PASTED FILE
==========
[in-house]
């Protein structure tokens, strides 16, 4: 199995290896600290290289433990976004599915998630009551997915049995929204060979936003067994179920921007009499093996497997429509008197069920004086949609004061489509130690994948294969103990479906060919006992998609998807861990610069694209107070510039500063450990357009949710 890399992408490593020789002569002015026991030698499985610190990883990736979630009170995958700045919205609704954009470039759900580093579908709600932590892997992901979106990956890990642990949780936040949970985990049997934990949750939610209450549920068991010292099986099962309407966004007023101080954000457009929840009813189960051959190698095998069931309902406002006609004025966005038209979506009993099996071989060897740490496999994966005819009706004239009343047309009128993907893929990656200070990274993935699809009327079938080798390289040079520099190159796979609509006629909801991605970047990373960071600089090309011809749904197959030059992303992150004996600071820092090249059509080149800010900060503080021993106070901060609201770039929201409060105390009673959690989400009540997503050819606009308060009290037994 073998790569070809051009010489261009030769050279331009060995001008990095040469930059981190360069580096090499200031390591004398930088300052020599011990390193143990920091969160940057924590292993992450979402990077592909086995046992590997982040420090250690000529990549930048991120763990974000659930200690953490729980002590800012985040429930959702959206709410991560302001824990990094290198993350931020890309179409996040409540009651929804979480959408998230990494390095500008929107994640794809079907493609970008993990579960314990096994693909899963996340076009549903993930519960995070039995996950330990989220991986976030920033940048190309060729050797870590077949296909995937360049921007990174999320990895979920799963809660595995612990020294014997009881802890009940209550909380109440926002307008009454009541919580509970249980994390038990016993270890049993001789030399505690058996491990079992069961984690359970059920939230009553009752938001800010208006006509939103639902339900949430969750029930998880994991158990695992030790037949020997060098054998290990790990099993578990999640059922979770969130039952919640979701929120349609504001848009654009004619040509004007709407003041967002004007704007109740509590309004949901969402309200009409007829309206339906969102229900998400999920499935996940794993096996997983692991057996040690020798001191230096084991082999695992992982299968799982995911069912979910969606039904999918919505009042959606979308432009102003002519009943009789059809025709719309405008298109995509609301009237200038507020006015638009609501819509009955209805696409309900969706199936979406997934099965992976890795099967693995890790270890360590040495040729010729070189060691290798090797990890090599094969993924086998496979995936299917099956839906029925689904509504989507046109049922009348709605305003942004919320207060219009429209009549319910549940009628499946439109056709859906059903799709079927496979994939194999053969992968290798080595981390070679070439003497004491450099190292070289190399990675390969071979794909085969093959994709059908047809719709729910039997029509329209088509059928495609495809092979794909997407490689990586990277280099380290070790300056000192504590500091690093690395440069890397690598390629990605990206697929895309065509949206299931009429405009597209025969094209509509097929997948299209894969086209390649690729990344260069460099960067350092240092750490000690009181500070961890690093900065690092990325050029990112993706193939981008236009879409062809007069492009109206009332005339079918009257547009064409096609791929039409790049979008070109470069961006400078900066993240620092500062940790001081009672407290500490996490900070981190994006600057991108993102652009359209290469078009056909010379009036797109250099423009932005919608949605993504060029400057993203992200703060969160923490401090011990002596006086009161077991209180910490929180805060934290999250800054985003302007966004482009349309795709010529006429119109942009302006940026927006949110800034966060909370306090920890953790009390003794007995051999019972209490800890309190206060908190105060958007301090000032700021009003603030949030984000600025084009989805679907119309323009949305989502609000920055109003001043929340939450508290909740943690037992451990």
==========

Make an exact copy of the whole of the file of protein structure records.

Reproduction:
[in-house]
């Protein structure tokens, strides 16, 4: 199995290896600290290289433990976004599915998630009551997915049995929204060979936003067994179920921007009499093996497997429509008197069920004086949609004061489509130690994948294969103990479906060919006992998609998807861990610069694209107070510039500063450990357009949710 890399992408490593020789002569002015026991030698499985610190990883990736979630009170995958700045919205609704954009470039759900580093579908709600932590892997992901979106990956890990642990949780936040949970985990049997934990949750939610209450549920068991010292099986099962309407966004007023101080954000457009929840009813189960051959190698095998069931309902406002006609004025966005038209979506009993099996071989060897740490496999994966005819009706004239009343047309009128993907893929990656200070990274993935699809009327079938080798390289040079520099190159796979609509006629909801991605970047990373960071600089090309011809749904197959030059992303992150004996600071820092090249059509080149800010900060503080021993106070901060609201770039929201409060105390009673959690989400009540997503050819606009308060009290037994 073998790569070809051009010489261009030769050279331009060995001008990095040469930059981190360069580096090499200031390591004398930088300052020599011990390193143990920091969160940057924590292993992450979402990077592909086995046992590997982040420090250690000529990549930048991120763990974000659930200690953490729980002590800012985040429930959702959206709410991560302001824990990094290198993350931020890309179409996040409540009651929804979480959408998230990494390095500008929107994640794809079907493609970008993990579960314990096994693909899963996340076009549903993930519960995070039995996950330990989220991986976030920033940048190309060729050797870590077949296909995937360049921007990174999320990895979920799963809660595995612990020294014997009881802890009940209550909380109440926002307008009454009541919580509970249980994390038990016993270890049993001789030399505690058996491990079992069961984690359970059920939230009553009752938001800010208006006509939103639902339900949430969750029930998880994991158990695992030790037949020997060098054998290990790990099993578990999640059922979770969130039952919640979701929120349609504001848009654009004619040509004007709407003041967002004007704007109740509590309004949901969402309200009409007829309206339906969102229900998400999920499935996940794993096996997983692991057996040690020798001191230096084991082999695992992982299968799982995911069912979910969606039904999918919505009042959606979308432009102003002519009943009789059809025709719309405008298109995509609301009237200038507020006015638009609501819509009955209805696409309900969706199936979406997934099965992976890795099967693995890790270890360590040495040729010729070189060691290798090797990890090599094969993924086998496979995936299917099956839906029925689904509504989507046109049922009348709605305003942004919320207060219009429209009549319910549940009628499946439109056709859906059903799709079927496979994939194999053969992968290798080595981390070679070439003497004491450099190292070289190399990675390969071979794909085969093959994709059908047809719709729910039997029509329209088509059928495609495809092979794909997407490689990586990277280099380290070790300056000192504590500091690093690395440069890397690598390629990605990206697929895309065509949206299931009429405009597209025969094209509509097929997948299209894969086209390649690729990344260069460099960067350092240092750490000690009181500070961890690093900065690092990325050029990112993706193939981008236009879409062809007069492009109206009332005339079918009257547009064409096609791929039409790049979008070109470069961006400078900066993240620092500062940790001081009672407290500490996490900070981190994006600057991108993102652009359209290469078009056909010379009036797109250099423009932005919608949605993504060029400057993203992200703060969160923490401090011990002596006086009161077991209180910490929180805060934290999250800054985003302007966004482009349309795709010529006429119109942009302006940026927006949110800034966060909370306090920890953790009390003794007995051999019972209490800890309190206060908190105060958007301090000032700021009003603030949030984000600025084009989805679907119309323009949305989502609000920055109003001043929340939450508290909740943690037992451990």